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Carry raw string literal information through to the AST StringLiteral representation
AbandonedPublic

Authored by aaron.ballman on Jan 8 2016, 1:57 PM.

Details

Reviewers
dblaikie
rsmith
Summary

The AST does not currently carry information about whether a string literal is raw or not in the StringLiteral AST representation, which this patch rectifies. It exposes information about whether a string literal is raw, and what prefix (if any) a raw string literal uses. The patch also adds support for pretty printing a raw string literal.

One thing to note, however, is that this is not 100% perfect because of translation phase 6, where adjacent string literals are concatenated. This patch only supports concatenated raw string literals that have the same prefix. It does not support differing prefixes, or adjacent raw & nonraw literals. I felt that these were a sufficiently uncommon edge case to not attempt to support.

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Event Timeline

aaron.ballman retitled this revision from to Carry raw string literal information through to the AST StringLiteral representation.
aaron.ballman updated this object.
aaron.ballman added reviewers: rsmith, dblaikie.
aaron.ballman added a subscriber: cfe-commits.
rsmith edited edge metadata.Jan 27 2016, 6:08 AM
rsmith added a subscriber: rsmith.

What's the benefit of storing this? You can get the same effect by
re-lexing. We don't guarantee that the pretty printed version of the AST
comprises the same sequence of tokens in general.

What's the benefit of storing this? You can get the same effect by
re-lexing. We don't guarantee that the pretty printed version of the AST
comprises the same sequence of tokens in general.

In writing clang-tidy checks, I've had to do re-lexing a number of times and personally I find it to be a complete PITA and very easy to get wrong, plus it results in many review iterations because of all the ways that StringRef enters the picture, whether you're using the plain lexer or the raw lexer, SourceRange or CharSourceRange, yadda yadda yadda.

I thought the whole point of the AST was to do this work once and store the results of the work for tools.

Ping. Richard, I think we've provided justification that warrants this functionality (mostly for clang-tidy checks). Any issues with the code?

Ping. Richard, I think we've provided justification that warrants this functionality (mostly for clang-tidy checks).

I am not convinced. This flag does not seem to make sense for StringLiteral, because it is not a property of the AST-level StringLiteral object; it is a property of the underlying tokens instead (and in general the StringLiteral object corresponds to multiple underlying tokens with differing rawness). We do not store other spelling information from the underlying tokens, such as whether a character was written literally or with an escape sequence, and in AST printing we do not preserve that; I do not see why this case should be any different. (We do store the translated value of the string, but that is a different case, both because it's part of the semantic model of the expression -- we don't want IR generation doing semantic string literal analysis -- and because it's needed frequently enough to justify caching it.)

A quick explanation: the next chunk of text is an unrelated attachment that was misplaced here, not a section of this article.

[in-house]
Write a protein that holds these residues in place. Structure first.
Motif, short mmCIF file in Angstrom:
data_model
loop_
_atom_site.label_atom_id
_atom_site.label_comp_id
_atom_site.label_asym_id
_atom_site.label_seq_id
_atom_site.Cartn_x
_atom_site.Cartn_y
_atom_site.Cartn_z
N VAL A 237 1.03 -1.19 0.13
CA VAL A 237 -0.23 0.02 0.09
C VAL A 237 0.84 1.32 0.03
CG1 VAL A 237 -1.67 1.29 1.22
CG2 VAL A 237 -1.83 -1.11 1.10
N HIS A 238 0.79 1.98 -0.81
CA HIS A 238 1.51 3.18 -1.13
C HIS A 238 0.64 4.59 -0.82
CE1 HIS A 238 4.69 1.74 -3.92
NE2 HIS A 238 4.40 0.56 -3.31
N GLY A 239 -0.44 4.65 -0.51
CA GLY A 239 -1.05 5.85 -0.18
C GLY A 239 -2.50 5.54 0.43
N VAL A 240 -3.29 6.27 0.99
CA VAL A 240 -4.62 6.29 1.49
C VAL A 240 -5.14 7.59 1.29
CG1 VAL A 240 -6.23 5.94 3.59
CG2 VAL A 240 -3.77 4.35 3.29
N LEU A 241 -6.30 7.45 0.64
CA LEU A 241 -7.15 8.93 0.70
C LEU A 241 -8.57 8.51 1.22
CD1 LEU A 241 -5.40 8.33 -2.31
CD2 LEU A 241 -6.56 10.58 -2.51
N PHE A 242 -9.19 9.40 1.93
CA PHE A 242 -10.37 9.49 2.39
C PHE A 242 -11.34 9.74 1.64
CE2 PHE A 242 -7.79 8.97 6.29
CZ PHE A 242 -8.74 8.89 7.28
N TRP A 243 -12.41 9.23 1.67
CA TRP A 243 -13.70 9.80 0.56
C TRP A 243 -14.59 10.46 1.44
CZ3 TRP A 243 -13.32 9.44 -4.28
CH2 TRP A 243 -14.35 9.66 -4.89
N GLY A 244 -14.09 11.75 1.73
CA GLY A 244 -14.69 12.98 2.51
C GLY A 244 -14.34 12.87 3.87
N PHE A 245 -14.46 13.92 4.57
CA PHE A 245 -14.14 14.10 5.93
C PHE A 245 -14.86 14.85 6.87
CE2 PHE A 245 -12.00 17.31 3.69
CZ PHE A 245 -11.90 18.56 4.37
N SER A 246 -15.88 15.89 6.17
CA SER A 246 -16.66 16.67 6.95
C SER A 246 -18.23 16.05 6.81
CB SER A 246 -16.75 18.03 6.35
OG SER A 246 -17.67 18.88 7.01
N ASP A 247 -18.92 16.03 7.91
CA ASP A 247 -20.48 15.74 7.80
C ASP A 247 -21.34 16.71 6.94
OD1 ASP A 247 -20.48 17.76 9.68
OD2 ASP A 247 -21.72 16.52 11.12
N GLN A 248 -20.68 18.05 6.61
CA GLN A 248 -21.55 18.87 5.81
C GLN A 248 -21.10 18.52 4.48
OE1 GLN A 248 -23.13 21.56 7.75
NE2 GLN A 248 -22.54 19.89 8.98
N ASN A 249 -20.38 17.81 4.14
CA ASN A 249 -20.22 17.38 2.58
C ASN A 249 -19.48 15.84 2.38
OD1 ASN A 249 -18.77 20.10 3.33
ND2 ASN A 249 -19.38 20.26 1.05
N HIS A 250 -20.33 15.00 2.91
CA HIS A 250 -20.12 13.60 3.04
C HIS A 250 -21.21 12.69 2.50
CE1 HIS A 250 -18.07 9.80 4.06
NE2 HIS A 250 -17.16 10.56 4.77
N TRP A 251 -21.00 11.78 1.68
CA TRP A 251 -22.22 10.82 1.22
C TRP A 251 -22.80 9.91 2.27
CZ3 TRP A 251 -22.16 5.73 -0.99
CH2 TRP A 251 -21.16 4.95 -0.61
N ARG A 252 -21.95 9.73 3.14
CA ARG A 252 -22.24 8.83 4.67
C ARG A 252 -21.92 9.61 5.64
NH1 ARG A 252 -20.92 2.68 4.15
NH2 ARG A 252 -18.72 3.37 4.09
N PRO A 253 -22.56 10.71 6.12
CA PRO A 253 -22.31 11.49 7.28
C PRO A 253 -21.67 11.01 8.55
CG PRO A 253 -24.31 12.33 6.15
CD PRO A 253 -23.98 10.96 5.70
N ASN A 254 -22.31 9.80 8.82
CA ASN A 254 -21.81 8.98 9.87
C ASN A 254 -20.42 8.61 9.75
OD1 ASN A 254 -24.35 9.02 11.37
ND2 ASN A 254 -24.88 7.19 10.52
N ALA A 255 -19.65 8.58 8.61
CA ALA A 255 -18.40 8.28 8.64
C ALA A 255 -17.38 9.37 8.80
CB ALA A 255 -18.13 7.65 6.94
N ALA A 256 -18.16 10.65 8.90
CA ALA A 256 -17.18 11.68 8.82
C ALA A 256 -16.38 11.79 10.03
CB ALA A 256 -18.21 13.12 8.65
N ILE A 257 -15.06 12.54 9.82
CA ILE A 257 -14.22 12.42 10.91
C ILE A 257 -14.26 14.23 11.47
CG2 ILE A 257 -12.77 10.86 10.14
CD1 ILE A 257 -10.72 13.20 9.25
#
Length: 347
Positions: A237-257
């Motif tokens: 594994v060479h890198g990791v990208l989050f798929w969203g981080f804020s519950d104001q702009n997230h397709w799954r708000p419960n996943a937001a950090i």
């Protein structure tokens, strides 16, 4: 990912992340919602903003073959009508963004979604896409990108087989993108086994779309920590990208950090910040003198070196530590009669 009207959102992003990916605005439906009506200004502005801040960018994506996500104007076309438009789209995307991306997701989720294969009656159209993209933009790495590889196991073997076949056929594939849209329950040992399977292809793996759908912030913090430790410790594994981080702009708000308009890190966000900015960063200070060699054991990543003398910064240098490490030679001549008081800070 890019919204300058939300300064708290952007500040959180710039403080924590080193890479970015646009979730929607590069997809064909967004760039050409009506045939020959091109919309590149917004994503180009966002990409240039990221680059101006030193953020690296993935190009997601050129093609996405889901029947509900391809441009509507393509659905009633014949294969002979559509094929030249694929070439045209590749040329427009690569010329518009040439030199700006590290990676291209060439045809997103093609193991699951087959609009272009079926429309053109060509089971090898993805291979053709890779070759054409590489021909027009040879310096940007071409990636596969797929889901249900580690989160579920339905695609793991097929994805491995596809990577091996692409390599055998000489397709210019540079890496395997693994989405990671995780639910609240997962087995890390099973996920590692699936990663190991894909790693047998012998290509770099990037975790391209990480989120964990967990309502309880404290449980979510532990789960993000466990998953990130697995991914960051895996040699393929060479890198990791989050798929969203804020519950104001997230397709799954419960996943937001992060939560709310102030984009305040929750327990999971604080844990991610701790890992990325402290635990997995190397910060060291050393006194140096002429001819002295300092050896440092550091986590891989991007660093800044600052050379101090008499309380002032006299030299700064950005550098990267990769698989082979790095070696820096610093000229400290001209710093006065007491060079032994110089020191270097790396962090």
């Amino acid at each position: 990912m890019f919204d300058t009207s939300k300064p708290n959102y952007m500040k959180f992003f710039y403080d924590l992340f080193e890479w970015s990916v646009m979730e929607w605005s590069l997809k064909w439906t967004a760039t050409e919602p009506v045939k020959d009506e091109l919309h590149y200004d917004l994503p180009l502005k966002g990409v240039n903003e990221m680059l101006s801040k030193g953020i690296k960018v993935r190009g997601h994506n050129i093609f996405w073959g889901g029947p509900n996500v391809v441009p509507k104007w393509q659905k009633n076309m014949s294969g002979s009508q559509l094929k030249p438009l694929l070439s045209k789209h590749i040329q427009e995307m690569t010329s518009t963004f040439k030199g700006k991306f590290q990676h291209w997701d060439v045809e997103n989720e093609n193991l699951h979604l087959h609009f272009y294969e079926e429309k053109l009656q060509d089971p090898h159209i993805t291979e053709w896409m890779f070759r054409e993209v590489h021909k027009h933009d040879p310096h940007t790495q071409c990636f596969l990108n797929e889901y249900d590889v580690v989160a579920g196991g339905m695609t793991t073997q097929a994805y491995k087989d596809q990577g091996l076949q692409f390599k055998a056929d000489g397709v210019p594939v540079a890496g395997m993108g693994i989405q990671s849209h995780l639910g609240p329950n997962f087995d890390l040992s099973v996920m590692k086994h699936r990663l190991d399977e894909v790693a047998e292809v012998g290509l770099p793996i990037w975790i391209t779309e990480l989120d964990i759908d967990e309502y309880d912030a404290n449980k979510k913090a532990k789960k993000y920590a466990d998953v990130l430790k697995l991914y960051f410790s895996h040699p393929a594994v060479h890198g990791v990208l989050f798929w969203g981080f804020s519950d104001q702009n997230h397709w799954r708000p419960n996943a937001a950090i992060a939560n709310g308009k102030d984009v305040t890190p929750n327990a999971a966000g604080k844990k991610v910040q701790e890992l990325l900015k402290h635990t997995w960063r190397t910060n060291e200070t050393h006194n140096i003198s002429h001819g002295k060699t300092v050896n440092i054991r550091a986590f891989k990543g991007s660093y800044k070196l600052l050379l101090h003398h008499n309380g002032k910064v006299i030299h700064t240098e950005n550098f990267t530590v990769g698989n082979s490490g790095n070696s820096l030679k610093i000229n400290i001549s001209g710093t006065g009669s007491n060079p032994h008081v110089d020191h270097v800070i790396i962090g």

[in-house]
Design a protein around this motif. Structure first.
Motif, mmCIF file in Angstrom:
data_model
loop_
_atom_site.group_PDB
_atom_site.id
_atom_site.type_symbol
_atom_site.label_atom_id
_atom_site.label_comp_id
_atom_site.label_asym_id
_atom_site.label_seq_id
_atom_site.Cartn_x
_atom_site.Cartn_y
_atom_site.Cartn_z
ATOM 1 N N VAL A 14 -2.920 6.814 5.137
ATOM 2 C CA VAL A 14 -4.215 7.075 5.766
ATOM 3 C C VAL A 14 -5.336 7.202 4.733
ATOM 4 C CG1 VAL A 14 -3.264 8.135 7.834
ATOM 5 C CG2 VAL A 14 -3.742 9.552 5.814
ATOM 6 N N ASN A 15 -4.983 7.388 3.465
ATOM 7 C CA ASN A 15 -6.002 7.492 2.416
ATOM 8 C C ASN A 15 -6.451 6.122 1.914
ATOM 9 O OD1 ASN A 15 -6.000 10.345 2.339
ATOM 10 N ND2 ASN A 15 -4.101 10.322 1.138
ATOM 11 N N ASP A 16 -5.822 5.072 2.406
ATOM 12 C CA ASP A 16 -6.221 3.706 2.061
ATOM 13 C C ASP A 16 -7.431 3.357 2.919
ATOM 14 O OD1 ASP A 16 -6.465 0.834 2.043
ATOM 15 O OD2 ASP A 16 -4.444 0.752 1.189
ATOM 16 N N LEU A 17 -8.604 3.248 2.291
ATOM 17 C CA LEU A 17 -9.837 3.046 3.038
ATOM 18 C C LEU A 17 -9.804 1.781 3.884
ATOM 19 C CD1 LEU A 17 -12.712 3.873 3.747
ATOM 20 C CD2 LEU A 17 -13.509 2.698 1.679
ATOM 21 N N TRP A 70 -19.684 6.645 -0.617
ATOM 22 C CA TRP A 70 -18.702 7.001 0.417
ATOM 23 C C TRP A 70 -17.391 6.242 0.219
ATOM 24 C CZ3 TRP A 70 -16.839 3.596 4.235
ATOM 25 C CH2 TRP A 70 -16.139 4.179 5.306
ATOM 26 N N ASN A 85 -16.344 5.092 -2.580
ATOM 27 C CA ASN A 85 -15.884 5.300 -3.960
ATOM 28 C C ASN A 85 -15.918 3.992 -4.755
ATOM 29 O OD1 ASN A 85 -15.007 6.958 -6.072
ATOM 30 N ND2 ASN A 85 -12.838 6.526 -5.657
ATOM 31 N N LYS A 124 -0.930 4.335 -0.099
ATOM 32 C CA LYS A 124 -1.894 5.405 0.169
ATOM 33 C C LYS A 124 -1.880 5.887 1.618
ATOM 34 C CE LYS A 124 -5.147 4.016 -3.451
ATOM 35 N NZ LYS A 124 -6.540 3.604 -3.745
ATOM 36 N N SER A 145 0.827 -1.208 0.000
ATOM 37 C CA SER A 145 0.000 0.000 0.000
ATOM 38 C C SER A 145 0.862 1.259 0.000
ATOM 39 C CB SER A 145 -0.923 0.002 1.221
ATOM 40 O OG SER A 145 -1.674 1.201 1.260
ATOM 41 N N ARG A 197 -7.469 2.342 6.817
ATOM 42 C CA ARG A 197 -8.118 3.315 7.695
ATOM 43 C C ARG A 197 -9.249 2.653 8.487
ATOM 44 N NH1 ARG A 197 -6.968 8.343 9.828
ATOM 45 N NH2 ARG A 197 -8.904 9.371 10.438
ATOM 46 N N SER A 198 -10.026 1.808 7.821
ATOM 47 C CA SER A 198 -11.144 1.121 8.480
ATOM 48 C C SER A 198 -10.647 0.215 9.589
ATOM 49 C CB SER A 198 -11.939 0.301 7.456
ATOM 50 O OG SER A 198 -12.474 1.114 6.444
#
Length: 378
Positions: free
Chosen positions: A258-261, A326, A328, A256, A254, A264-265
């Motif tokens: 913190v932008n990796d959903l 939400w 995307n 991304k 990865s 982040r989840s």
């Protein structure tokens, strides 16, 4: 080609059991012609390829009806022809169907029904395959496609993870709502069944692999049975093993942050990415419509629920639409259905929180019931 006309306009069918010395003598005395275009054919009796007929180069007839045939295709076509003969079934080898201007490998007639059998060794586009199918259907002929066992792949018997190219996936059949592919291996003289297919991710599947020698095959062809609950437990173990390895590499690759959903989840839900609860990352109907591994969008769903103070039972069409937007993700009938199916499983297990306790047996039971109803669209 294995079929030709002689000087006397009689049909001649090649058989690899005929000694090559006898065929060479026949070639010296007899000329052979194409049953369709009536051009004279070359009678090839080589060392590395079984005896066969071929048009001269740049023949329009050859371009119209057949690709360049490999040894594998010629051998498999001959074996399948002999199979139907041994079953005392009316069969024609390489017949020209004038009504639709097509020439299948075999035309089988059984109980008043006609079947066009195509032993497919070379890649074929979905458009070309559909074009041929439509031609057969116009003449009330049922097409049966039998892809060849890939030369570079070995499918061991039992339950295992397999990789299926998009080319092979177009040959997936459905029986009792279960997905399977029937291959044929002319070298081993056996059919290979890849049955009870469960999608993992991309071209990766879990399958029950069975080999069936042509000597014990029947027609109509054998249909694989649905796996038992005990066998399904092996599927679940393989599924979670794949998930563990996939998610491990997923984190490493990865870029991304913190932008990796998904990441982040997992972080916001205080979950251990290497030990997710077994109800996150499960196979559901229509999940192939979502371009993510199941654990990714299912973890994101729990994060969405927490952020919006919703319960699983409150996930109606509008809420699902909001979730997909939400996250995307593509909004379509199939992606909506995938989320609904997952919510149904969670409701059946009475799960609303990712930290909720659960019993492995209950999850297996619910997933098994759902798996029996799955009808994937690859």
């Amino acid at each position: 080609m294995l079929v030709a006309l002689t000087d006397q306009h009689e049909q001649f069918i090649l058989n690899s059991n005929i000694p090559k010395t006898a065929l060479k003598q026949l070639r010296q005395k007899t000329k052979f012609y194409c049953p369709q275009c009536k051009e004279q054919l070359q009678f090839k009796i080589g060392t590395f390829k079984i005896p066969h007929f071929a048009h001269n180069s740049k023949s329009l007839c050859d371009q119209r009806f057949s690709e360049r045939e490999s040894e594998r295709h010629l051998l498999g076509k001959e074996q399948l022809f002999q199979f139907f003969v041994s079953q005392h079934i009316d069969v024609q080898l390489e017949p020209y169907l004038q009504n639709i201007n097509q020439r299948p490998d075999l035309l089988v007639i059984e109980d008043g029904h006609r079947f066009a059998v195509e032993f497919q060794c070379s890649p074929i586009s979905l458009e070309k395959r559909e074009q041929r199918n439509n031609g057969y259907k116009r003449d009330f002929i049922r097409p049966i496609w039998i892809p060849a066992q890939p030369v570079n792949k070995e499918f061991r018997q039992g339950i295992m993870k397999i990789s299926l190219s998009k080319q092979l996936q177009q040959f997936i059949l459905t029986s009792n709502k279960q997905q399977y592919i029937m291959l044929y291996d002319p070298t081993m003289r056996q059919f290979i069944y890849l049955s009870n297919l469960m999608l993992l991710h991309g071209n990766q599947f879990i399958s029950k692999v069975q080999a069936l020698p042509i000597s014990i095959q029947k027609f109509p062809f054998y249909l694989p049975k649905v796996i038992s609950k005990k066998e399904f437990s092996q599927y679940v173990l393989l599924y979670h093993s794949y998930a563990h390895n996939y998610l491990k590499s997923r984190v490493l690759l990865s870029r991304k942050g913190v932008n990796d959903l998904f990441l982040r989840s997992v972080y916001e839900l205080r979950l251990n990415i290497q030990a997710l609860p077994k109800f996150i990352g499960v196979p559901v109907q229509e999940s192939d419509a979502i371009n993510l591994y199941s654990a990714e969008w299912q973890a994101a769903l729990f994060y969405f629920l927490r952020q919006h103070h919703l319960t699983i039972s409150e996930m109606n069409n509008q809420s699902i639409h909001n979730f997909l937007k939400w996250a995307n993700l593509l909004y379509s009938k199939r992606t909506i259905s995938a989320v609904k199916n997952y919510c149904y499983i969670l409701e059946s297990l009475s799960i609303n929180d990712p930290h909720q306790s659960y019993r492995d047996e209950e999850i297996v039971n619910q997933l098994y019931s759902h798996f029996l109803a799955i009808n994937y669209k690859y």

I'm definitely sympathetic to making StringLiteralParser expose information on whether each token in the string literal is a raw string literal, and if so what prefix it uses. I can also see an argument for exposing an easier interface for constructing a StringLiteralParser from an existing StringLiteral object (note that StringLiteral::getLocationOfByte already does this dance). But I don't see that there's a compelling reason to break out and cache this information separately from its actual point of truth.

If we want to make AST printing round-trip string literals as-written, we should make it re-lex the string literal tokens and print them out verbatim -- making this work for raw vs non-raw strings but not for escapes versus non-escapes, or different flavours of escape sequence, doesn't make a lot of sense to me.

aaron.ballman abandoned this revision.Feb 17 2016, 6:17 AM

Your logic makes sense to me. I am abandoning this revision while I think about alternatives. Thanks!

I'm definitely sympathetic to making StringLiteralParser expose information [...]

I was unaware of this class; so far I have only studied the classes appearing in the AST.

I did notice that the AST shows string literals after concatenation (which makes perfect sense) and sometimes for refactoring you want to treat the individual string literal chunks separately. My clang-tidy check for raw string literals is probably confused by literal concatenation in the AST, so I will go add some tests for those cases.

One area of clang-tidy/refactoring tooling code development that is pretty opaque at the moment is when you should dip down to relexing/reparsing the source text and when you use the AST. So far most (all?) of the documentation on guiding developers to writing such tools talks almost exclusively about the AST. Anything we can do to simplify lexing/parsing tasks when you need to dip lower than the AST would be most welcome.